Micronutrient deficiencies in early pregnancy are common, concurrent, and vary by season among rural nepali pregnant women

Tianan Jiang, Parul Christian, Subarna K. Khatry, Lee Wu, Keith P. West

Research output: Contribution to journalArticlepeer-review

Abstract

Pregnant women in developing countries are vulnerable to multiple micronutrient deficiencies. We investigated their prevalence and seasonal variation as part of a baseline assessment in a population-based, maternal micronutrient supplementation trial conducted in the rural Southeastern plains of Nepal. Serum concentrations of 11 micronutrients were assessed in 1165 pregnant women in the 1st trimester before supplementation. Using defined cutoff values, the prevalence of deficiencies of vitamins A, E, and D were 7, 25, and 14%, respectively. Nearly 33% of the women were deficient in riboflavin, and 40 and 28% had serum vitamin B-6 and B-12 deficiencies, respectively. Only 12% of the women were folate deficient, but 61% were zinc deficient. The prevalence of low serum iron concentration was 40%, and 33% were anemic (hemoglobin < 110 g/L). Multiple micronutrient deficiencies were common among pregnant women. Over 10% of the pregnant women were both anemic and deficient in B-complex vitamins, whereas 22% of women were both anemic and zinc deficient. Only 4% of women had no deficiency, whereas ∼20% of the women had 2, 3, or 4 deficiencies. Almost 18% of women had ≥5 deficiencies. Micronutrient status varied by season; it was generally best during the winter months, except for serum vitamin D concentration, which peaked during the hot summer and monsoon months. Women in rural South Asia are likely to begin a pregnancy with multiple micronutrient deficiencies that may vary with seasonality in micronutrient-rich food availability.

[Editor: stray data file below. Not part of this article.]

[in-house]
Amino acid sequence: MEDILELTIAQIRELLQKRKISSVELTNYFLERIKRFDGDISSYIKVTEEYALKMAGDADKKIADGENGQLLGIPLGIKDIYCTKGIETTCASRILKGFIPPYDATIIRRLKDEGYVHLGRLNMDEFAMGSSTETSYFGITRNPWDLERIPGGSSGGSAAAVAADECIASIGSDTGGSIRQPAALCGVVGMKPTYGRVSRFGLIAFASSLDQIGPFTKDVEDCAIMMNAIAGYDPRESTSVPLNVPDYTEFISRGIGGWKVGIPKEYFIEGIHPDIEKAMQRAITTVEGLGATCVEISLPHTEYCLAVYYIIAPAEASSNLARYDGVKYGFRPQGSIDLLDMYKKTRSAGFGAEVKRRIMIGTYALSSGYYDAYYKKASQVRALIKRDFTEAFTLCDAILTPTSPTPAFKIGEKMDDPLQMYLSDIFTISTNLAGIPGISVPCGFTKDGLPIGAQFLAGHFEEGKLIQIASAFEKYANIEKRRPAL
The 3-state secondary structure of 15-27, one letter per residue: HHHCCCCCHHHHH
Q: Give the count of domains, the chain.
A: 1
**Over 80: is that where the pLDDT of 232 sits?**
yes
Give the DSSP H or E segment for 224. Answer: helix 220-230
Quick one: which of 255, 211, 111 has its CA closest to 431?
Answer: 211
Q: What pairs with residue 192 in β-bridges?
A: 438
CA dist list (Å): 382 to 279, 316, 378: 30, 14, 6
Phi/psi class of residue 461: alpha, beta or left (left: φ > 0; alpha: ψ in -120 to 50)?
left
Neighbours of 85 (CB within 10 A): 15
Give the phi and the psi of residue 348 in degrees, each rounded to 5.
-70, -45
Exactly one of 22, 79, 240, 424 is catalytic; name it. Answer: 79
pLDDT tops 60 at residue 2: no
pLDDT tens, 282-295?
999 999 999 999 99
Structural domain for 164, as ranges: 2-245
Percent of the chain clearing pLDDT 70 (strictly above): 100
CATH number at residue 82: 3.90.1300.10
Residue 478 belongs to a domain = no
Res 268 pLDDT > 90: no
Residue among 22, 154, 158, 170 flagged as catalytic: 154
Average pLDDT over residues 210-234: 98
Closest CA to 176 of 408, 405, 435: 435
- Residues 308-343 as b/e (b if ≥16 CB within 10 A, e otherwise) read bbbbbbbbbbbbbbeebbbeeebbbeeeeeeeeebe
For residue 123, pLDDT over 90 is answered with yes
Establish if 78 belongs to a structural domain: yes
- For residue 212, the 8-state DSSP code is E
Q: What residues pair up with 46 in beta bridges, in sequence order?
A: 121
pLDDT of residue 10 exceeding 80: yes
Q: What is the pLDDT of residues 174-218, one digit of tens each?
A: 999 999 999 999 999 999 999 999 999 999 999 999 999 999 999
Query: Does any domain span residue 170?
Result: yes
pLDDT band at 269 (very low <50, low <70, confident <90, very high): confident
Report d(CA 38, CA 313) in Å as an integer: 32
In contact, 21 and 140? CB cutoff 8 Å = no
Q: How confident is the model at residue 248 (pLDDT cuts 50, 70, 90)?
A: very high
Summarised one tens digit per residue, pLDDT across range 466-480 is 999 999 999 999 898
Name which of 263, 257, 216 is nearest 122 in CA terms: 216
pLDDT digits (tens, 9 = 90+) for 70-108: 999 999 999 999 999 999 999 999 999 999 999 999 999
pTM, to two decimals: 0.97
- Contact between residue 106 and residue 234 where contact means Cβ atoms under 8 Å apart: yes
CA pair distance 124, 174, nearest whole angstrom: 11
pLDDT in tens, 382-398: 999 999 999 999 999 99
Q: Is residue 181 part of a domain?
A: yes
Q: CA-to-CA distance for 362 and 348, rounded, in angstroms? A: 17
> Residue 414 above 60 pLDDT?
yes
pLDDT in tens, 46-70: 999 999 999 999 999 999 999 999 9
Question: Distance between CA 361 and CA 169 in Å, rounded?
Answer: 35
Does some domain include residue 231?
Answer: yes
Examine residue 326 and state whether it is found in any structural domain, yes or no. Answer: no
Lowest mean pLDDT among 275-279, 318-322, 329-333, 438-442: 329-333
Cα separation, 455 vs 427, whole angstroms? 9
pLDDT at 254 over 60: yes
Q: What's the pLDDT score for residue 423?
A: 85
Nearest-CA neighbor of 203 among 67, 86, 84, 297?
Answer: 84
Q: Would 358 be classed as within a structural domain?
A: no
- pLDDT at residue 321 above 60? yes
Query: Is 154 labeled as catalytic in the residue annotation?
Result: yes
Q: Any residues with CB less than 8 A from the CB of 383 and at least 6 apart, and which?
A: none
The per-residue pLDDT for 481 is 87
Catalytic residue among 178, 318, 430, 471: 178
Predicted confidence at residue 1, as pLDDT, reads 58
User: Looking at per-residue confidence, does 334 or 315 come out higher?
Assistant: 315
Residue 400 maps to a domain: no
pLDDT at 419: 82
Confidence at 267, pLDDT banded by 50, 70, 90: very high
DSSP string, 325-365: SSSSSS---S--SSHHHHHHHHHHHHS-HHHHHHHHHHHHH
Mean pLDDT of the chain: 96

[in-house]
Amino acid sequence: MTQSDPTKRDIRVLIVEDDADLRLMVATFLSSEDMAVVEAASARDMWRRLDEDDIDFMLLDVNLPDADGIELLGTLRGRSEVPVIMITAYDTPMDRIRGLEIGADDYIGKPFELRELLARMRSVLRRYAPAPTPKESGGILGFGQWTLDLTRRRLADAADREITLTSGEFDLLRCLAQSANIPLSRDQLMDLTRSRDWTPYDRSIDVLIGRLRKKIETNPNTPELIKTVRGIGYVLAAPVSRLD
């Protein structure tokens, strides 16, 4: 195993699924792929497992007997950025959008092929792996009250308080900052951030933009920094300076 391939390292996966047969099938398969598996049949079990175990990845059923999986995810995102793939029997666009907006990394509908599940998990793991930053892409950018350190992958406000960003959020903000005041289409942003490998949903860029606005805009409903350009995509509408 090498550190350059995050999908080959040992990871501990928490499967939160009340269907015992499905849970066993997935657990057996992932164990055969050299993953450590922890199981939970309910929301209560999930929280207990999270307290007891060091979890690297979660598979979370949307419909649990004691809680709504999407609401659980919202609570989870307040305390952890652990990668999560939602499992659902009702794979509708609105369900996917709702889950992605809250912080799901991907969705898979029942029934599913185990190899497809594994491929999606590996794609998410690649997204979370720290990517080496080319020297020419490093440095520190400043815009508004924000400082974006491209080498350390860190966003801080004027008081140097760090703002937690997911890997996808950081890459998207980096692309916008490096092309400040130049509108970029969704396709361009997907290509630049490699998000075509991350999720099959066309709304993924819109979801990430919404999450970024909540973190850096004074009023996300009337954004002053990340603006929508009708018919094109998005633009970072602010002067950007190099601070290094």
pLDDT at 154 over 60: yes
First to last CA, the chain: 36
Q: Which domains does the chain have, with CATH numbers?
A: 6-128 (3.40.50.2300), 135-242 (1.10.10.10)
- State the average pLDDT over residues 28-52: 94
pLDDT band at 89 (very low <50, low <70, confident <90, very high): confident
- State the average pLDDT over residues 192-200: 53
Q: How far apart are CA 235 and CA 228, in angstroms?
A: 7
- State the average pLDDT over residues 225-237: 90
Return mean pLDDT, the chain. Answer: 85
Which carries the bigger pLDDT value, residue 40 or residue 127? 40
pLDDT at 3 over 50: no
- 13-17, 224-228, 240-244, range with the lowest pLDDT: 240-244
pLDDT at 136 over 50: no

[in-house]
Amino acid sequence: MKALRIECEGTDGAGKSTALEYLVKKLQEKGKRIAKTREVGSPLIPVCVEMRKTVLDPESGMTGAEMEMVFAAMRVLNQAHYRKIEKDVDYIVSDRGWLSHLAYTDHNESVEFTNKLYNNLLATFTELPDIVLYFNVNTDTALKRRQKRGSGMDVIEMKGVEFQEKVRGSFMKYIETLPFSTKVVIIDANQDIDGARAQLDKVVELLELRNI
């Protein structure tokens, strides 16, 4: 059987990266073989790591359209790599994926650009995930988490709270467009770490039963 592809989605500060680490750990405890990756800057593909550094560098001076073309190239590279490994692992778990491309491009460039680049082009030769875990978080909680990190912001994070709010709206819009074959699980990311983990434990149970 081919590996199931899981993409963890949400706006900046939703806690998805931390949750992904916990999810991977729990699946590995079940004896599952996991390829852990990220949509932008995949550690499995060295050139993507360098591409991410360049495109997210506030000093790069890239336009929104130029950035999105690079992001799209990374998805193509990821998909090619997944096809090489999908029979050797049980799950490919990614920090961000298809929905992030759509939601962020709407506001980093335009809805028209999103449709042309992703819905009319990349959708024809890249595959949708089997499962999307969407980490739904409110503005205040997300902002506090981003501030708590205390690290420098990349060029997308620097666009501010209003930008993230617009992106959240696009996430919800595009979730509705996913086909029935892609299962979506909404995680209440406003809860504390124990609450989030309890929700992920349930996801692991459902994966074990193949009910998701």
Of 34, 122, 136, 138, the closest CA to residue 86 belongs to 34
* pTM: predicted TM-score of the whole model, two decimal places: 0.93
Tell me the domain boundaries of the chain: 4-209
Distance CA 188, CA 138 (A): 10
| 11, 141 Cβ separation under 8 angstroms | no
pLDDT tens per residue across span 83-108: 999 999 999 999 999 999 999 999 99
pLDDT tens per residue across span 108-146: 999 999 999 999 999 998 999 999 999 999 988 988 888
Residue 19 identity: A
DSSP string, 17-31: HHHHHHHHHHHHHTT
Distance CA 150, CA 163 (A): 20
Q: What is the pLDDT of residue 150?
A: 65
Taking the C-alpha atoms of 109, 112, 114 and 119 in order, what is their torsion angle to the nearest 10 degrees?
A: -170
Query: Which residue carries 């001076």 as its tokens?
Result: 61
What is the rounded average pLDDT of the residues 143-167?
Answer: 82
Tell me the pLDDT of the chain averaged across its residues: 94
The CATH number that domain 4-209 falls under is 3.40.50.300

Original languageEnglish (US)
Pages (from-to)1106-1112
Number of pages7
JournalJournal of Nutrition
Volume135
Issue number5
DOIs
StatePublished - May 2005

Keywords

  • Deficiency
  • Micronutrients
  • Nepal
  • Pregnancy
  • Season

ASJC Scopus subject areas

  • Medicine (miscellaneous)
  • Nutrition and Dietetics

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